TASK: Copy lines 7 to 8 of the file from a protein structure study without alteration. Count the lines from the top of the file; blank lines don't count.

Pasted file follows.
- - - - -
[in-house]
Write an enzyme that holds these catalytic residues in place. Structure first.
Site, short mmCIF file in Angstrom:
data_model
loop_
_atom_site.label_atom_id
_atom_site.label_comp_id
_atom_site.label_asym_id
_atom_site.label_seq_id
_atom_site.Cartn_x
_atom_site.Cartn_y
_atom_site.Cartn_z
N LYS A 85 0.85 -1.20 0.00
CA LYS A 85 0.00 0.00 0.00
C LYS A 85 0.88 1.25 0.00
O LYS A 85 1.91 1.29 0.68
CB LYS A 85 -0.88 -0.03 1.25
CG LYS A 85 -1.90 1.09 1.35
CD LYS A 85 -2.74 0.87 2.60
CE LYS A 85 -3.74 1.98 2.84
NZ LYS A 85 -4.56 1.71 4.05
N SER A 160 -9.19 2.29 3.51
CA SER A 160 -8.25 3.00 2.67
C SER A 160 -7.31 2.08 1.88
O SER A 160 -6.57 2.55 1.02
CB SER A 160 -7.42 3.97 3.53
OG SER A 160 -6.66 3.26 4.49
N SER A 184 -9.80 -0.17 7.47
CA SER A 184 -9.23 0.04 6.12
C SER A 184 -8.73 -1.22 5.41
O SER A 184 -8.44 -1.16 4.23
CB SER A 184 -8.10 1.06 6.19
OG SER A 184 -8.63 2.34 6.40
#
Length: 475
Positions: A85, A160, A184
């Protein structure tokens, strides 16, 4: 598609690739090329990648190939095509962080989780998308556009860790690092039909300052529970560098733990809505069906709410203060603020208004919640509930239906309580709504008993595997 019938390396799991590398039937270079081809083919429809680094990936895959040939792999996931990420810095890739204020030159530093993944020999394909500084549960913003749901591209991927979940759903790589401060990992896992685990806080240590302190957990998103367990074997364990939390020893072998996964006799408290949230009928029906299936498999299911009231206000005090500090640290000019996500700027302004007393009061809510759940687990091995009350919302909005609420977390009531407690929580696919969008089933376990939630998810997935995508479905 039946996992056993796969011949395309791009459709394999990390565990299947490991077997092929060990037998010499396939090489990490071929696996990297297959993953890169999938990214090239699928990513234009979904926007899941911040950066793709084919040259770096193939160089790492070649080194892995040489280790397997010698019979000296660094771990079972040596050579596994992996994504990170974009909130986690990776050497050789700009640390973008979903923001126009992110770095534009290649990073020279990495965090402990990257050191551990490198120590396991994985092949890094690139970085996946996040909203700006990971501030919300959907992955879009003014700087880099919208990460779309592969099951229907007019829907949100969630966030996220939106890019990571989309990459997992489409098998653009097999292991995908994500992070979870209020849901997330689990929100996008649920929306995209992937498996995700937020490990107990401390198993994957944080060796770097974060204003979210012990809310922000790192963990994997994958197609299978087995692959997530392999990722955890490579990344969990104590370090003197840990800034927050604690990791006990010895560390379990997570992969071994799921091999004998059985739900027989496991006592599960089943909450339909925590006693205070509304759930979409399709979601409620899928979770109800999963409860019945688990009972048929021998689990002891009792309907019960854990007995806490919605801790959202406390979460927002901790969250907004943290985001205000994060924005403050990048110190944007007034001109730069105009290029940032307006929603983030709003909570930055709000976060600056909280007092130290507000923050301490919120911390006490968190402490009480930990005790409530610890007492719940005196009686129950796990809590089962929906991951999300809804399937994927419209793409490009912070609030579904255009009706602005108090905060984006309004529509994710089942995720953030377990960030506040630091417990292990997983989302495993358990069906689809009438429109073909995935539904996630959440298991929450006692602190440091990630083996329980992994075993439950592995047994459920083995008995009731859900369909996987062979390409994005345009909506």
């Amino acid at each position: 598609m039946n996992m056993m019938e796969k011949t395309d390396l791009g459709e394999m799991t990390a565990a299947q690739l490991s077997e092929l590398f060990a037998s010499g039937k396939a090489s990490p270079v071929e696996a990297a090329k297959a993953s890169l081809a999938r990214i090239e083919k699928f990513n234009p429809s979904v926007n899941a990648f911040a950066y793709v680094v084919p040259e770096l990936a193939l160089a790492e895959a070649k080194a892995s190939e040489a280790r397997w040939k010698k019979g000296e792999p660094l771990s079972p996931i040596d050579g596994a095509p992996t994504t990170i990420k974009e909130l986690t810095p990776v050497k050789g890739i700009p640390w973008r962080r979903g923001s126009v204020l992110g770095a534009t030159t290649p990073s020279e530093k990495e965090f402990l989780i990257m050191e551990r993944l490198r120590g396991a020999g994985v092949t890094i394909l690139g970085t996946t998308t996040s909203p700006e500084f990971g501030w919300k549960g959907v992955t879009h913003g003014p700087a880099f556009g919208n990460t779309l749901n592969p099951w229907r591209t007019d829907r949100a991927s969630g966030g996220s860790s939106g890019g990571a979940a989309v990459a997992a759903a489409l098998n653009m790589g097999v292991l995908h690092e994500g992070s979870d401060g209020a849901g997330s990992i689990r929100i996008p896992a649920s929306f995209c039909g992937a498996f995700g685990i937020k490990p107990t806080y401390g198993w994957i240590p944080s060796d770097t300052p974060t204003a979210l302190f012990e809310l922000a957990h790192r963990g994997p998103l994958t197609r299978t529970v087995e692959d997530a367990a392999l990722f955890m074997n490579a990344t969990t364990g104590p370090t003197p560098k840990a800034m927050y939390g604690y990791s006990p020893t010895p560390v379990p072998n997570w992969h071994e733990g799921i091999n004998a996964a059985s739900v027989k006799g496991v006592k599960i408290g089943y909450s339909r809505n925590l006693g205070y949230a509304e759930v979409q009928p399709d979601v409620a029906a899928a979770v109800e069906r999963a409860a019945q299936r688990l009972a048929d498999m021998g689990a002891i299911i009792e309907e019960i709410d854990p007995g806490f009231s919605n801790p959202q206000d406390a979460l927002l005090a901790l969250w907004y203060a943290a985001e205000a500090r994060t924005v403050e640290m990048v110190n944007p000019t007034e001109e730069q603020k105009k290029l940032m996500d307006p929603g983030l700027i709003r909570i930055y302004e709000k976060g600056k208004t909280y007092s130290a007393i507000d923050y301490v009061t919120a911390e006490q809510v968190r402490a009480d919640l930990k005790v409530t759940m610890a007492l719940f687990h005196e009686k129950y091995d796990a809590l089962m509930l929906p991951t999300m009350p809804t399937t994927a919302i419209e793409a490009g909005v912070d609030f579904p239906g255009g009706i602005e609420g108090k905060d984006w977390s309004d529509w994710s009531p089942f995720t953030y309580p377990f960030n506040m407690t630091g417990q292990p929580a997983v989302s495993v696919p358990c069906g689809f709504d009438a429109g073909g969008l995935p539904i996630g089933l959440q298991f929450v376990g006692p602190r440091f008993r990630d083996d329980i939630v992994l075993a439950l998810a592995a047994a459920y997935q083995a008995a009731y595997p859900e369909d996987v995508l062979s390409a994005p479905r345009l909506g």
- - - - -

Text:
_atom_site.label_comp_id
_atom_site.label_asym_id